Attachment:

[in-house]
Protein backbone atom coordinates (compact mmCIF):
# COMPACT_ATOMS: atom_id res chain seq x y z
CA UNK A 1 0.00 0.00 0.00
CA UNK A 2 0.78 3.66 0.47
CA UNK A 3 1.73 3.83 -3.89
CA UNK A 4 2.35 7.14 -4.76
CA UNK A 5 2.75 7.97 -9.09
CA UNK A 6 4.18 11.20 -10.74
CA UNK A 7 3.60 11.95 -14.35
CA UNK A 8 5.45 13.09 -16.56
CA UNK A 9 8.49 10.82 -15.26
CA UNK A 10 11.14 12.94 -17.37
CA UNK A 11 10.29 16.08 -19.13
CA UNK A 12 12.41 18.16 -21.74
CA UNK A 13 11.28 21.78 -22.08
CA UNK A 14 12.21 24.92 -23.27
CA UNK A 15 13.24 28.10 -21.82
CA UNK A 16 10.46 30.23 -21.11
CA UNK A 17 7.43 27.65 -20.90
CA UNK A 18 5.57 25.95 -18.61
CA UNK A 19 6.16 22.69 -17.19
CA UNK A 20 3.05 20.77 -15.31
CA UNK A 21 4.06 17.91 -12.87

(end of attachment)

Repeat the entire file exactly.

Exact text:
[in-house]
Protein backbone atom coordinates (compact mmCIF):
# COMPACT_ATOMS: atom_id res chain seq x y z
CA UNK A 1 0.00 0.00 0.00
CA UNK A 2 0.78 3.66 0.47
CA UNK A 3 1.73 3.83 -3.89
CA UNK A 4 2.35 7.14 -4.76
CA UNK A 5 2.75 7.97 -9.09
CA UNK A 6 4.18 11.20 -10.74
CA UNK A 7 3.60 11.95 -14.35
CA UNK A 8 5.45 13.09 -16.56
CA UNK A 9 8.49 10.82 -15.26
CA UNK A 10 11.14 12.94 -17.37
CA UNK A 11 10.29 16.08 -19.13
CA UNK A 12 12.41 18.16 -21.74
CA UNK A 13 11.28 21.78 -22.08
CA UNK A 14 12.21 24.92 -23.27
CA UNK A 15 13.24 28.10 -21.82
CA UNK A 16 10.46 30.23 -21.11
CA UNK A 17 7.43 27.65 -20.90
CA UNK A 18 5.57 25.95 -18.61
CA UNK A 19 6.16 22.69 -17.19
CA UNK A 20 3.05 20.77 -15.31
CA UNK A 21 4.06 17.91 -12.87